Melanoma patients who are married tend to present at earlier stages of the disease than those who are not married, divorced, or widowed; marital status was also associated with the likelihood of undergoing SLNB.
Melanoma patients who are married tend to present at earlier stages of the disease than those who are not married, divorced, or widowed, according to a new analysis. Marital status was also associated with the likelihood of undergoing sentinel lymph node biopsy (SLNB) for appropriate lesions.
“Early detection of melanoma is critical because it is associated with improved patient outcomes,” wrote study authors led by Cimarron E. Sharon, BS, of the Hospital of the University of Pennsylvania in Philadelphia. Marital status has previously been shown to be associated with the risk of regional and/or distant metastases at diagnosis, but “whether any association exists between marital status and T stage at presentation among patients with clinically localized disease has not been determined.”
The new study used the Surveillance, Epidemiology, and End Results (SEER) database to assess associations between marital status and disease stage at presentation. In total, it included 52,063 patients (58.8% men, 41.2% women) with a median age of 64 years. The results were published in JAMA Dermatology.
Most of the cohort was married (69.7%); 14.5% were never married, 7.0% were divorced, and 8.7% were widowed. The married patients were more likely to present with T1a tumors (45.7% of married patients), compared with never-married patients (43.0%), divorced patients (39.0%), and widowed patients (32.2%; P < .001).
Widowed patients were more likely than others to present with T4 disease, with 5.6% presenting with T4a and 9.4% presenting with T4b disease. Married patients (2.6% T4a, 3.3% T4b), never-married patients (2.9% T4a, 4.8% T4b), and divorced patients (3.1% T4a, 5.1% T4b) had lower rates of such late-stage presentation (P < .001).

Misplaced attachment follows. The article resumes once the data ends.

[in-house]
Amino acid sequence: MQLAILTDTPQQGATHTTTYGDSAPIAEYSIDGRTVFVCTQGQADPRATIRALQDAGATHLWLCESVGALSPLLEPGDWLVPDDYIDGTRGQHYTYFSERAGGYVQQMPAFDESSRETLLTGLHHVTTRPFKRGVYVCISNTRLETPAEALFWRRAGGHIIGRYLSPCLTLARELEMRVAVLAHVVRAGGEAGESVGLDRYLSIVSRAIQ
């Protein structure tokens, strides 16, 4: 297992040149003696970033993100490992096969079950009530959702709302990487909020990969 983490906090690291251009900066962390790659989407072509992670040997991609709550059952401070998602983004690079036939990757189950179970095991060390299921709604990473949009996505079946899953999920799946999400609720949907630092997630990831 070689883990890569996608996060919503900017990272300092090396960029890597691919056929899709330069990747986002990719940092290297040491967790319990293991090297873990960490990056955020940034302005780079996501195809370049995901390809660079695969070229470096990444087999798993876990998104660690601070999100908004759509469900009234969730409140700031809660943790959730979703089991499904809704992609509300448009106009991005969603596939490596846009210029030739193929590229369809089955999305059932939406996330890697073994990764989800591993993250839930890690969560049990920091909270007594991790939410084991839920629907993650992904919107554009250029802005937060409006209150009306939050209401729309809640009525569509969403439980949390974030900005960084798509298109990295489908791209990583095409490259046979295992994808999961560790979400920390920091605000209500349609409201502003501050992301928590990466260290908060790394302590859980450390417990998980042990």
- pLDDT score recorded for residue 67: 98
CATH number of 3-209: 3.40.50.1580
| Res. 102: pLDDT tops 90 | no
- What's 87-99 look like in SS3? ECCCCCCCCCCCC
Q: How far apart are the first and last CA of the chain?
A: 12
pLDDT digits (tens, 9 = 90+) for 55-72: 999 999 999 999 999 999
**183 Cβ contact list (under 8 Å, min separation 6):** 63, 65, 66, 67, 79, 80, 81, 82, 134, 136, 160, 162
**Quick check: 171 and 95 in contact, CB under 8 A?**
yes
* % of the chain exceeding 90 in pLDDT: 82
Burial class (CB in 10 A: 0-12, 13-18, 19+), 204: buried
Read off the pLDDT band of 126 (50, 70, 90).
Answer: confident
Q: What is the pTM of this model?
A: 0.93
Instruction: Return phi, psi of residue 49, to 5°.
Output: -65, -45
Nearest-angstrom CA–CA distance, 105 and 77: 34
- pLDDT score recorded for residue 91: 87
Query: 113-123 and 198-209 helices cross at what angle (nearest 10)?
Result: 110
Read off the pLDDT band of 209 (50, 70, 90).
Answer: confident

A multivariate analysis confirmed these results. After adjustment for age, gender, primary tumor site, income level, and education level, never-married patients had an odds ratio (OR) to present with a later T stage than married patients of 1.32 (95% CI, 1.26–1.39; P < .001). For divorced patients, the OR was 1.38 (95% CI, 1.30–1.47; P < .001), and for widowed patients it was 1.70 (95% CI, 1.60–1.81; P < .001).
SLNB is recommended for lesions with Breslow thickness greater than 1 mm, and marital status was associated with rates of this procedure as well. Widowed patients were the least likely to undergo SLNB (48.8%), compared with divorced patients (74.9%), married patients (74.0%), or never-married patients (73.6%). After adjustment for various factors, married patients were more likely to undergo SLNB than any of the other three groups.
“This study has important implications for counseling patients and recommending frequency of follow-up surveillance,” the authors wrote. “Clinicians may, for instance, recommend that unmarried patients initiate regular skin examinations at an earlier age and continue them more frequently to detect lesions at an earlier stage.”